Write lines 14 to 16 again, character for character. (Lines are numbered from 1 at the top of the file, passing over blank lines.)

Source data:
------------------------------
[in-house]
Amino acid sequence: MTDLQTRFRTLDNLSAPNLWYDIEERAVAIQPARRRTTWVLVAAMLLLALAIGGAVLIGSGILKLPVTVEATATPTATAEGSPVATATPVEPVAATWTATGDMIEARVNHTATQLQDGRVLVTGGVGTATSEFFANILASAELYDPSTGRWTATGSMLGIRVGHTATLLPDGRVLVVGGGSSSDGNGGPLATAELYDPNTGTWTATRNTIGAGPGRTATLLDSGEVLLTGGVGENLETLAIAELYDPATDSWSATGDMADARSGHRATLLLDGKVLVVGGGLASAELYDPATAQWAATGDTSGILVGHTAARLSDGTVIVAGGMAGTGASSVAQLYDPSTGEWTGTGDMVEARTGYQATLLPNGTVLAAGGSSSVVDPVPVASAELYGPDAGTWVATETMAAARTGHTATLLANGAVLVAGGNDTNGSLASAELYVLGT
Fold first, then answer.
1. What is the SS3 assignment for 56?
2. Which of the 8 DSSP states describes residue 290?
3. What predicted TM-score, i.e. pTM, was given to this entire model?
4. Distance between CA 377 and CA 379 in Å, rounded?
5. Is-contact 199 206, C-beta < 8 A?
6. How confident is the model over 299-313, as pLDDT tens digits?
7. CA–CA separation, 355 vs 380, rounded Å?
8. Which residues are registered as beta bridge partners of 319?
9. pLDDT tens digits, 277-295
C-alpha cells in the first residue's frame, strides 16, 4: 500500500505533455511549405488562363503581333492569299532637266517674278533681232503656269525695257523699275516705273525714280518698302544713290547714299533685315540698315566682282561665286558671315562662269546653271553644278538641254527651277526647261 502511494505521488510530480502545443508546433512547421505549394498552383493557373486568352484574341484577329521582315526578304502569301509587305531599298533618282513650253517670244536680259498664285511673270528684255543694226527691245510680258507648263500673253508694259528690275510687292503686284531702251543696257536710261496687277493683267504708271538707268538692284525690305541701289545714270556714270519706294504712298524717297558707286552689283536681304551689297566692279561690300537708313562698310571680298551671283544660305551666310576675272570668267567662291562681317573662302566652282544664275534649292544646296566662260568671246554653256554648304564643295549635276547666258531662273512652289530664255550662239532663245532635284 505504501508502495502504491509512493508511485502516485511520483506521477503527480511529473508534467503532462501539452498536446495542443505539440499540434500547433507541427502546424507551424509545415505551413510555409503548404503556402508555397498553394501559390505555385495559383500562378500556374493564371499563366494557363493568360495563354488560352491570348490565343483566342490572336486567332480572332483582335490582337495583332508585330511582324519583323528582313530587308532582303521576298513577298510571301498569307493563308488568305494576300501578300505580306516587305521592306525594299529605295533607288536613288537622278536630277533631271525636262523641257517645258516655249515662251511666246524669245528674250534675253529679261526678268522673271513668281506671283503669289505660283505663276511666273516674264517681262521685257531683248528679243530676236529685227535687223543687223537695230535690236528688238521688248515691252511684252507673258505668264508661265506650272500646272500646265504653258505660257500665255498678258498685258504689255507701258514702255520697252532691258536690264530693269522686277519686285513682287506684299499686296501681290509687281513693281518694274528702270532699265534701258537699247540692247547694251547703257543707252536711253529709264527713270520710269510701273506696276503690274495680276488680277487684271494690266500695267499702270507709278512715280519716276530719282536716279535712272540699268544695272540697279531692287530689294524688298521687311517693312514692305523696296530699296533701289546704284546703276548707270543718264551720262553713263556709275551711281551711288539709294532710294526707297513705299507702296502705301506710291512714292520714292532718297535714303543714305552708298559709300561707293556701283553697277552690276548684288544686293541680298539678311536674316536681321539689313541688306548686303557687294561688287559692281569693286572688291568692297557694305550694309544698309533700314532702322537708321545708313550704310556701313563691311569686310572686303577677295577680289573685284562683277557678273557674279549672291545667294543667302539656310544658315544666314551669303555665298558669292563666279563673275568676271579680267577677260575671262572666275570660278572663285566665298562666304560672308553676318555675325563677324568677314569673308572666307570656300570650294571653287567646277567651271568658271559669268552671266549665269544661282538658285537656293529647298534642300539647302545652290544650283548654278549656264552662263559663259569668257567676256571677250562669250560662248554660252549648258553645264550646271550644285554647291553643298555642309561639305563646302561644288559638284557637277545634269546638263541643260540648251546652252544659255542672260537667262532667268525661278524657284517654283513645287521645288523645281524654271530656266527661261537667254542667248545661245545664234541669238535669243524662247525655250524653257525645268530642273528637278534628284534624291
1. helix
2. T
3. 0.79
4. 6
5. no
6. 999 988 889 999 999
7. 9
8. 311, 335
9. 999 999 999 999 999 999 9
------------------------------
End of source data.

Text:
1. helix
2. T
3. 0.79